The illustrations are amazing from the mind of a 6 year old. His depiction of the Night of Broken Glass in 1938 and the ship leaving Lithuania bound for America.

That’s a wrap 2018-2019…

All across America teachers are taking down, boxing up, and cleaning out their classrooms. Another year has ended and we, educators, are saying good bye to 2018-2019 school year and hello summer break and no we do not get “paid” summers off. If you do not know each teacher has to pack up the entire classroom and move everything into the hallway, so maintenance can strip and wax the floors. This is done at the end of every school year. This task for me is generally a time of reflection. A reflection of what went right, what went wrong, mistakes made, and great memories made to last. It is a time to say farewell as the walls become emptier with each passing day.

The school year lasted 180 days at 7 hours and 30 minutes per day. That is 180 days to hopefully help open the mind of a child to the joy of learning that will continue for a lifetime. It is also 180 days at times filled with laughter, a-ha moments, groans and moans. As I reflect on the past 1,350 hours spent with 21 3rd graders I think back to mistakes I made and wish I could have a do over just as students wish they would have paid attention just a wee bit more, at times. I reflect back to maybe an occasion when I spoke a bit harsh or should have really listened instead of hurrying little Sally along because we were late for lunch, again. Maybe I forgot to list a child who made the honor roll or forgot to return a parent’s phone call or email. Maybe I should have tried one last time to reach that unreachable student who seems to push everyone’s buttons on a daily basis and the list continues on and on. You see teachers are human and we make mistakes.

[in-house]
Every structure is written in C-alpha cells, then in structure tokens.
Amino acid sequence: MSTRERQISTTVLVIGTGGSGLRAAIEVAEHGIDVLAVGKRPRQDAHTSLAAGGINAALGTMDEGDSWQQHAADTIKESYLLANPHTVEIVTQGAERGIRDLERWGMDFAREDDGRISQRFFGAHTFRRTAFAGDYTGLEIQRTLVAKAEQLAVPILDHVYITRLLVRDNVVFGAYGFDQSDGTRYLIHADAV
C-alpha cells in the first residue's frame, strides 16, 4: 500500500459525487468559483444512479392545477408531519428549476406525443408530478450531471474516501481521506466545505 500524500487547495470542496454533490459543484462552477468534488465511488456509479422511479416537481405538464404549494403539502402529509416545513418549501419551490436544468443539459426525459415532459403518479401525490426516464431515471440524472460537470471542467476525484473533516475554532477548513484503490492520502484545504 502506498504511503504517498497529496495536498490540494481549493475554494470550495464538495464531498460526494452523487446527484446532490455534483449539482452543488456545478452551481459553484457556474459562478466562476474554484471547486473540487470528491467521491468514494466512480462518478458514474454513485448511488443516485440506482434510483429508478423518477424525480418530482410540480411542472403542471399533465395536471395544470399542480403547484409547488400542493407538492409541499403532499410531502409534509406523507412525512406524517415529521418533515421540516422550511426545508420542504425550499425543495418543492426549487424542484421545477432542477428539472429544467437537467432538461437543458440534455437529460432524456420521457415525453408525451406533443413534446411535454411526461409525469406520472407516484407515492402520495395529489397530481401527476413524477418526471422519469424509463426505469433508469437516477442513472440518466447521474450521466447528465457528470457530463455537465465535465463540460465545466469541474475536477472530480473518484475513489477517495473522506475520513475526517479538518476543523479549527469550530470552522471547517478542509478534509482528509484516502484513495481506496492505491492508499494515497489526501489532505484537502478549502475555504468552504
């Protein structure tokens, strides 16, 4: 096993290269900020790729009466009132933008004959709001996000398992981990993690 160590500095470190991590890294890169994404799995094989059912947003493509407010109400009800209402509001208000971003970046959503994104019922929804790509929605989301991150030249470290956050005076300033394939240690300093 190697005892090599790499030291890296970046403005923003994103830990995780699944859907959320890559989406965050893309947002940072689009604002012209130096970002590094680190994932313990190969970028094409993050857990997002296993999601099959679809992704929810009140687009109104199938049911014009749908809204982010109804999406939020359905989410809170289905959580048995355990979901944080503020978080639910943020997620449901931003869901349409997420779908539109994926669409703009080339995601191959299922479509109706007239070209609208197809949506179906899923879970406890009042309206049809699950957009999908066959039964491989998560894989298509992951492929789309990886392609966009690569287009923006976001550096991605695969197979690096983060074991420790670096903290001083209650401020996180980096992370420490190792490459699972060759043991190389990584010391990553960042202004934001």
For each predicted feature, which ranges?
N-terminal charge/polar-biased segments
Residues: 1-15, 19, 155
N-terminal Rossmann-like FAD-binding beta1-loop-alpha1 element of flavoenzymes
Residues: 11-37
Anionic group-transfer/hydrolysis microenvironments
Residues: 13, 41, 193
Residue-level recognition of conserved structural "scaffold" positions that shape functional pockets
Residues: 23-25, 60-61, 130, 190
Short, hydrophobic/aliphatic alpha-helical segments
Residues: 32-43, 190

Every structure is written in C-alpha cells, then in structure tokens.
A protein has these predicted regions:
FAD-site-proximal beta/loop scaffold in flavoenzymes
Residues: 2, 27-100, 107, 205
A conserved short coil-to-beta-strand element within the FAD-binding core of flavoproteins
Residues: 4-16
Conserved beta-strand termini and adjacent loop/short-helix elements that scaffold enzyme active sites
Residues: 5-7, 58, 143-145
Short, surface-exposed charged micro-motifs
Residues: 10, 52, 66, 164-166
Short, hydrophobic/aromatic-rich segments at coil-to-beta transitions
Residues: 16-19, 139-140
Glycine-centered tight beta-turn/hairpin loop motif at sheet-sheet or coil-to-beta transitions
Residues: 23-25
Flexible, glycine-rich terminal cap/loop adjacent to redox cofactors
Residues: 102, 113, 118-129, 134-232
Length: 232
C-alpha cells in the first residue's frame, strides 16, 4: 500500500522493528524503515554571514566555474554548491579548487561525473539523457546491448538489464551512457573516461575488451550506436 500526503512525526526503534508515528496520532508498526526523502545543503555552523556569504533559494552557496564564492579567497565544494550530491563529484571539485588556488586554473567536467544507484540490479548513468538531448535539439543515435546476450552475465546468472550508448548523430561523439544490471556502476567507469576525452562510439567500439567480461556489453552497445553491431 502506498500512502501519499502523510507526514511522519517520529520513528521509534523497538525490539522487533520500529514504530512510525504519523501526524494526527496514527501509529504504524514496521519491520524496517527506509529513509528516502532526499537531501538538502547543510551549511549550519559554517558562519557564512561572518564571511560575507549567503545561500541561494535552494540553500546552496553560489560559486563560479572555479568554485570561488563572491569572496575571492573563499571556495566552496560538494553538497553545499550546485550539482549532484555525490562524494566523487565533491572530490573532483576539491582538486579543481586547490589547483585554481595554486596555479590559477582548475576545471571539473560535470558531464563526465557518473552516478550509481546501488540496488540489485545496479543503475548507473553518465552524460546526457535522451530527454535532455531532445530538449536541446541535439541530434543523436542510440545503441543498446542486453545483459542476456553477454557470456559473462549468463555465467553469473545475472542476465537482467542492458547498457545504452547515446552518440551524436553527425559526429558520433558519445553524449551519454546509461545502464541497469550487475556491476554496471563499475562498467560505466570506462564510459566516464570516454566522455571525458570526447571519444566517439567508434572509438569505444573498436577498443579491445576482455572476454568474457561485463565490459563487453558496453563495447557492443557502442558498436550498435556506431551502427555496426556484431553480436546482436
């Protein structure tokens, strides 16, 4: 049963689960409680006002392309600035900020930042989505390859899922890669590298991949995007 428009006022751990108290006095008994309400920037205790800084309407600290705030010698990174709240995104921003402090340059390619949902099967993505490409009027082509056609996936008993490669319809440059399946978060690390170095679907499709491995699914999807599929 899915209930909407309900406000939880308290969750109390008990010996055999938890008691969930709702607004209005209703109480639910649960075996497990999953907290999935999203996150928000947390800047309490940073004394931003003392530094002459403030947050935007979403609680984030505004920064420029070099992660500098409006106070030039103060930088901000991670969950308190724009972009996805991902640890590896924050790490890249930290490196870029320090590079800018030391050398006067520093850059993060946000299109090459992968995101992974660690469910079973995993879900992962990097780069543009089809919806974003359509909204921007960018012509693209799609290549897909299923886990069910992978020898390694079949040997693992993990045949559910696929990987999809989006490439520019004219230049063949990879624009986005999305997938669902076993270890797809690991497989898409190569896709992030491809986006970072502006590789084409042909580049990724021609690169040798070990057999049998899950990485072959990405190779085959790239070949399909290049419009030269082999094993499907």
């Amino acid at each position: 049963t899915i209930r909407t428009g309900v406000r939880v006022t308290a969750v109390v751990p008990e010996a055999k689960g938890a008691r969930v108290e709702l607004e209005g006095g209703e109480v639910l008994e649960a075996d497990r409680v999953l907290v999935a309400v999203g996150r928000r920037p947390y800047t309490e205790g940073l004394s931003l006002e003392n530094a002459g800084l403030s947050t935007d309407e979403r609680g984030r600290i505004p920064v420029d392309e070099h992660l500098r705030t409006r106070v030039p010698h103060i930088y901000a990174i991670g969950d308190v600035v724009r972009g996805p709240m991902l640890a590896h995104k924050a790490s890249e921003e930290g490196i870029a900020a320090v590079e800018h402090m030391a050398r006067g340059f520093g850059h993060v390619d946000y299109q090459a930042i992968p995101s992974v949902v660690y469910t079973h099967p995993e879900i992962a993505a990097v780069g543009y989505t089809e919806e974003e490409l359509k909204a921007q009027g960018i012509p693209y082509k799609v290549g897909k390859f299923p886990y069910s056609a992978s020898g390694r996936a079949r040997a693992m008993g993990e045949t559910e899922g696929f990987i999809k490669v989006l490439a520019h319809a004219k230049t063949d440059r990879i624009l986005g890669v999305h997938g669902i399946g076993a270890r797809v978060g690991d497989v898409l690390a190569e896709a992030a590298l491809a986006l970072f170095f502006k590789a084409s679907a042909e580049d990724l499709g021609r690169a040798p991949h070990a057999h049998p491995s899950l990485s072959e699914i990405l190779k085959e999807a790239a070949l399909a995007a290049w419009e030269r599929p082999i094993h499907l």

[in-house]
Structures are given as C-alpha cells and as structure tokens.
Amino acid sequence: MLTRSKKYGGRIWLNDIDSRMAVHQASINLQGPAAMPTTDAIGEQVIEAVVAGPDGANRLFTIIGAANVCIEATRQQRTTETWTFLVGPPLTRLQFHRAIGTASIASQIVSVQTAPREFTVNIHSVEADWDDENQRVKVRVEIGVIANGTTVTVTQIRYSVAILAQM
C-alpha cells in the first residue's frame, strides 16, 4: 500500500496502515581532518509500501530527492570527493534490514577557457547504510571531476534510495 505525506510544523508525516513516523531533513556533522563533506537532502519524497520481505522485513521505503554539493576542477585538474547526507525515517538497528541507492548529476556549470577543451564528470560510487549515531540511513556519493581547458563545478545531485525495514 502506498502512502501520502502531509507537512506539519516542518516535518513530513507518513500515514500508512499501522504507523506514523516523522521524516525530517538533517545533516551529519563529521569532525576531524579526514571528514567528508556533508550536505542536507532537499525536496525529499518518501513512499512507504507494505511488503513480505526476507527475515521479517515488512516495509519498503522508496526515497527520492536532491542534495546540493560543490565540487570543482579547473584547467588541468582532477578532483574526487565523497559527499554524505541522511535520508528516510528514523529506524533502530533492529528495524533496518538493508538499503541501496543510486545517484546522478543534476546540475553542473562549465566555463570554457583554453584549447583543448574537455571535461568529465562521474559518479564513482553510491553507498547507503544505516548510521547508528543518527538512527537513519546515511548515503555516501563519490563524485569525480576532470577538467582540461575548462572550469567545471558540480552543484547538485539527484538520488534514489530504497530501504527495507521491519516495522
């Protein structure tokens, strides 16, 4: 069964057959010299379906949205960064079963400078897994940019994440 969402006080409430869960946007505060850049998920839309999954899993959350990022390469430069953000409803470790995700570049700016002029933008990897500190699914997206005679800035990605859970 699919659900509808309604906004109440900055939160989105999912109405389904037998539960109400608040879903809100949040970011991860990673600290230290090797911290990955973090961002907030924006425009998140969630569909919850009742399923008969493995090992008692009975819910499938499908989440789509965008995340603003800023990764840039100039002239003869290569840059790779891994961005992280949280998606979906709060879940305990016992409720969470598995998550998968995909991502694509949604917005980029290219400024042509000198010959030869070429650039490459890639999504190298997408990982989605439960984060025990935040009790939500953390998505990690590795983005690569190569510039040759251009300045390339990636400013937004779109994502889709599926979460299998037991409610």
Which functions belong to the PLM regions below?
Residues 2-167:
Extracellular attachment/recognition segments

My mind now shifts as I find a beautiful drawn flower with a note that says “I love you, Mrs. Dasinger, best teacher ever!” I remember the laughs we all had as I explained everyone farts, so let’s not all chime in on who did it every time we hear a fart. Oh, the laughter that comes from an 8 year old when the teacher says….FART. I remember the smile on George’s face when he made that first 100 on his reading test, but he quickly reminded me he still does not like to read. Okay, George. I giggle to myself as I remember a spunky little girl singing the theme song to Mr. Ed, The Talking Horse. I hold deeply in my chest every hug that was shared each morning for 180 days.

I have said good bye and as I moved the last desk into the hallway a sheet of paper fell to the floor. The paper contained words written to no one in particular just words from a student expressing his sorrow and feelings of abandonment because his mother has left him behind. I lock the door for the last time as a tear falls down my cheek and I hope he knows how much his teacher has loved spending the last 180 days with him. I hope all my students near and far know…..Dandelion Dreams

Teacher, Take Care of Yourself

I have been missing in action for the past few months. My goal has been and is to write a new post at least once a month. I would love to write two, but life does take over at times. Anyway, let me explain my absence and reasoning behind my post.